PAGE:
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Old Fossils Give Humans New History

2017-6-18

Scientists have found new evidence that Homo sapiens, or humans, have been around longer than we thought.

Bones found at a site called Jebel Irhoud in Morocco are 300,000 years old. That is about 100,000 years older than any other known remains of our species. They were discovered far from where the oldest fossils had been found before in Ethiopia.

A composite reconstruction of the earliest known Homo sapiens fossils from Jebel Irhoud in Morocco, based on micro computed tomographic scans of multiple original fossils, is shown in this undated handout photo obtained by Reuters, June 7, 2017.
A composite reconstruction of the earliest known Homo sapiens fossils from Jebel Irhoud in Morocco, based on micro computed tomographic scans of multiple original fossils, is shown in this undated handout photo obtained by Reuters, June 7, 2017.

Scientists decided that skulls, limb bones and teeth they found represent at least five individuals. They show people from an early stage of our species' development. They are a mix of modern and more ancient, or simpler, humans.

Jean-Jacques Hublin works at the Max Planck Institute for Evolutionary Anthropology in Leipzig, Germany, and the College of France in Paris. He and others described the new findings in two papers released last week by the journal Nature.

“They are not just like us,” said Hublin. But they had “basically the face you could meet on the train in New York.”

While their face and teeth might look like today’s humans, these fossils show a different shaped brain. Their braincases—the part of the skull that contains the brain—were longer. That means it took time for our brains to evolve to their present form.

Given their modern-looking face and teeth, Hublin said these people may have blended in today if they wore a hat.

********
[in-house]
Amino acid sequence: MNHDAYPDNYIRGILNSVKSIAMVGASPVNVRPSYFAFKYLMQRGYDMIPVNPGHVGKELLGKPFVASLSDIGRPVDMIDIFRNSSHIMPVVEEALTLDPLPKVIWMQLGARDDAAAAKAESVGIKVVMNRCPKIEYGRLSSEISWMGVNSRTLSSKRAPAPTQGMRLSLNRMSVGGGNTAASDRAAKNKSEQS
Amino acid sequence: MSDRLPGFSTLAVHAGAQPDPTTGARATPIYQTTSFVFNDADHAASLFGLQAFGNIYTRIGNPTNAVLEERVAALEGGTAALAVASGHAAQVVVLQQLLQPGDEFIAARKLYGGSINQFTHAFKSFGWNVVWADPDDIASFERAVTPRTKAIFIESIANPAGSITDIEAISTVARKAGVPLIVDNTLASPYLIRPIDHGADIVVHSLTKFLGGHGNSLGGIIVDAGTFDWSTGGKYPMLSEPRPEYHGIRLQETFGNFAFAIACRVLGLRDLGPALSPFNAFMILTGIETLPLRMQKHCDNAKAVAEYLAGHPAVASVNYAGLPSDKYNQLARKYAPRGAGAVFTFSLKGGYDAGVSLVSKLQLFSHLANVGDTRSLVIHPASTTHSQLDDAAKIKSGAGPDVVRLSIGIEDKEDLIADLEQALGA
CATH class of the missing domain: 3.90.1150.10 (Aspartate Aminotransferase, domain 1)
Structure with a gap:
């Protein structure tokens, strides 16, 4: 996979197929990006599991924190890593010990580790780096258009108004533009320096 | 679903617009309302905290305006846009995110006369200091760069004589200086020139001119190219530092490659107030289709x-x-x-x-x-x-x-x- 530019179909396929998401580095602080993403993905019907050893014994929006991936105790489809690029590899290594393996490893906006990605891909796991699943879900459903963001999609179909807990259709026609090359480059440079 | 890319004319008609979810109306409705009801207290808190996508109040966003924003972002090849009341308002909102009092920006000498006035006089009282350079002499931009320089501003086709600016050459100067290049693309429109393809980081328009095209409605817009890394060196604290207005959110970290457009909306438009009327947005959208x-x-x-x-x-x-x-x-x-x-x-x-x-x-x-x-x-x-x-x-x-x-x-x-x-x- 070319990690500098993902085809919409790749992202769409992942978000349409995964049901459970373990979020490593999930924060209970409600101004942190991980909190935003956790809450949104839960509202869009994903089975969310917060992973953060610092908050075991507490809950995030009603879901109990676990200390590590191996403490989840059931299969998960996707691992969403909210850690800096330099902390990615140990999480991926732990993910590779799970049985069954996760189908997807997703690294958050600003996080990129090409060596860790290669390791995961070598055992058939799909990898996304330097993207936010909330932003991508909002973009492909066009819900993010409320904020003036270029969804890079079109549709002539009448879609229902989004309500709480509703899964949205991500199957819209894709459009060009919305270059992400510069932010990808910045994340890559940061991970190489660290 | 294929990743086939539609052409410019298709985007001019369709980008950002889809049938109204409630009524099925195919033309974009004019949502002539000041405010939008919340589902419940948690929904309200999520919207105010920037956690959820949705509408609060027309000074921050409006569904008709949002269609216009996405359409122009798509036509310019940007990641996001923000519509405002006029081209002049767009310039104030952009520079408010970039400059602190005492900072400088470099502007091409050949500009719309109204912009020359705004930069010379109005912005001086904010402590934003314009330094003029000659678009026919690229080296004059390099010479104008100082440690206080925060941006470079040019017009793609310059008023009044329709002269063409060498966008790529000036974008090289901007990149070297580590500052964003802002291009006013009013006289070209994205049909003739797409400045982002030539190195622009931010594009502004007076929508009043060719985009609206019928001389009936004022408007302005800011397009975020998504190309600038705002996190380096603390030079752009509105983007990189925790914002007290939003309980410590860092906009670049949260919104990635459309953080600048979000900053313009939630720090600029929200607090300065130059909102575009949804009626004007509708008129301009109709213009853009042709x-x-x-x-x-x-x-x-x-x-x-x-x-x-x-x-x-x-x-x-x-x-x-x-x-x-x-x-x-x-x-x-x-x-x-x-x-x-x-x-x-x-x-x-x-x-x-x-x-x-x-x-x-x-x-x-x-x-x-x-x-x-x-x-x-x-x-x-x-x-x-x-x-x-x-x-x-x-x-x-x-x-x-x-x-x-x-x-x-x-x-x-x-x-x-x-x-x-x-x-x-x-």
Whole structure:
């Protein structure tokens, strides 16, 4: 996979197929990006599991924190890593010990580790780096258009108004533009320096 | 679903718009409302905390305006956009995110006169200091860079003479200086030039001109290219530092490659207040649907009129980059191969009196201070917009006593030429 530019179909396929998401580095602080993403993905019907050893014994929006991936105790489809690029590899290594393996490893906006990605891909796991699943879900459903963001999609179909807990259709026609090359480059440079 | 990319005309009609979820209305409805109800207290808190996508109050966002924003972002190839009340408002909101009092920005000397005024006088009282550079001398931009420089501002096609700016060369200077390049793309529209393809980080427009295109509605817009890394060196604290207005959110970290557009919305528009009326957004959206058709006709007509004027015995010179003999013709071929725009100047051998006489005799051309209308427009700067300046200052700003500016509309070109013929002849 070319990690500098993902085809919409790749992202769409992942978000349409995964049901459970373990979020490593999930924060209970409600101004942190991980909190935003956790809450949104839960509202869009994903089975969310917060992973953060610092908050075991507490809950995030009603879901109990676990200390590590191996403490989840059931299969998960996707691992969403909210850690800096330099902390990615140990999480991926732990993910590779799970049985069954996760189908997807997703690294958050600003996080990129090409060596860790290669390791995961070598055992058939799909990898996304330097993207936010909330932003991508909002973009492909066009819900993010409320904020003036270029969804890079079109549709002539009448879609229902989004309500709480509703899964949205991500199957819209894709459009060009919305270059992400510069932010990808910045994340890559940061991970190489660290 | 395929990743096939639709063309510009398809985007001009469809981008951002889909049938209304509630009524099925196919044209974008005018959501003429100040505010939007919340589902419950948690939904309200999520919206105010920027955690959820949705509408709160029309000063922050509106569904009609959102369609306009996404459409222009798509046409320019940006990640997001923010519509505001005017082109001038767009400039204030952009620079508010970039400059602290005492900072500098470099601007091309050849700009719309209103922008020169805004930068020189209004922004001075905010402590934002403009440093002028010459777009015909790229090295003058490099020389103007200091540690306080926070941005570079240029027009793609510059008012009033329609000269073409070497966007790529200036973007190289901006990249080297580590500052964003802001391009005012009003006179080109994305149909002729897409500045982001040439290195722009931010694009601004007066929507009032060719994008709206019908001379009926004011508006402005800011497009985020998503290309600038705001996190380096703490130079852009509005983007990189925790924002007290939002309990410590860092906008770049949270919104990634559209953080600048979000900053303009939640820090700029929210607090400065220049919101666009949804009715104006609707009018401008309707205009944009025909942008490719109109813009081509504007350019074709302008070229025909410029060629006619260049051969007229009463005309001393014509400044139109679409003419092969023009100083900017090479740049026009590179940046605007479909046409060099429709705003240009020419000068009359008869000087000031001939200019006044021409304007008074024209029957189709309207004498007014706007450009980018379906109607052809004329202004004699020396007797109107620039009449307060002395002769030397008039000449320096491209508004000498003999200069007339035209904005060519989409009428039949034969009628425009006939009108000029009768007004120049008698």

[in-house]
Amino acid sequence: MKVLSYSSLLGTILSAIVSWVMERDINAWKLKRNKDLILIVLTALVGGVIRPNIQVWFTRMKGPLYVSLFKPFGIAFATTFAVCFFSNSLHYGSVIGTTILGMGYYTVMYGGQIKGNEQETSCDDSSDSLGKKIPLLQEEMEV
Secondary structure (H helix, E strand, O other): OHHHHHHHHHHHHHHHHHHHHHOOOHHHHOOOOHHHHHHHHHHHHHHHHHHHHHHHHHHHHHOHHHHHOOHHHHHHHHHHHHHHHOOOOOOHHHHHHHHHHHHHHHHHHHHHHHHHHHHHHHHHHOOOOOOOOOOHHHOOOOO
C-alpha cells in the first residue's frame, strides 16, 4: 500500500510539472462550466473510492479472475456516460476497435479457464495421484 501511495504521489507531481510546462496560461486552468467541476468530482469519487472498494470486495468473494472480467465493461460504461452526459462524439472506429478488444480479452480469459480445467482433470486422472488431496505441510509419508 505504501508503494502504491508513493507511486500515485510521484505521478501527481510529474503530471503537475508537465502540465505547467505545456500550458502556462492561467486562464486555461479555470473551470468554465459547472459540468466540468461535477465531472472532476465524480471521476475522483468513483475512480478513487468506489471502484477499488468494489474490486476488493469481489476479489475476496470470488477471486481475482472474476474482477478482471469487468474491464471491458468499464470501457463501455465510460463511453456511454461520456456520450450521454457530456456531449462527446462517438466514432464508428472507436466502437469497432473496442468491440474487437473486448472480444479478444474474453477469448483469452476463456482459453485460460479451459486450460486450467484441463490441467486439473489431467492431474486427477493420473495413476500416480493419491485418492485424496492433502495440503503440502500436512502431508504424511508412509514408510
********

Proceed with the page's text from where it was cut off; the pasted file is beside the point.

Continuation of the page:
Hublin said that along with other evidence, the Moroccan fossils suggest that humans may have reached their modern-day form in more than one place within Africa.

"The message we would like to convey is that our species is much older than we thought,” Hublin said. He added it did not come from just one place, “a small 'Garden of Eden' somewhere in East Africa.” Instead, Hublin said, it was a process that moved across Africa, and is “more complex” than what was believed before."

The Moroccan fossils were found between 2007 and 2011, in what was a cave setting. They represent three adults, one adolescent and one child about 8 years old. It was thought that they lived a hunter-gatherer lifestyle—meaning they hunted or gathered their food, instead of farming.

They were found alongside bones of animals they hunted—gazelles and zebras. There were also stone tools, possibly used as spearheads for hunting and knives. The tools were made from flint, a kind of stone, from about 40 kilometers away. Researchers also found evidence of much fire use.

Today, Homo sapiens are the only human species. But 300,000 years ago, they would have lived on Earth with several now-extinct relatives in Eurasia. These included Neanderthals in the west and Denisovans in the east, and others in Africa.

Even with the discovery, Hublin believes there is an earlier stage of human ancestor that would have walked on Earth before this group from Morocco.

I’m Anne Ball.

Anne Ball wrote this story for Learning English with information from Reuters and the Associated Press. Hai Do was the editor. We want to hear from you. Write to us in the Comments Section and visit us on 51VOA.COM.

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Words in This Story

fossil – n. something (such as a leaf, skeleton, or footprint) that is from a plant or animal which lived in ancient times and that you can see in some rocks

skull – n. the structure of bones that form the head and face of a person or animal

limb – n. a leg or an arm

convey – v. to make (something) known to someone

Garden of Eden – n. in the Bible: the garden where Adam and Eve first lived

spearhead – n. the sharp point on a weapon with a long straight handle

ancestor – n. something in the past from which something else has developed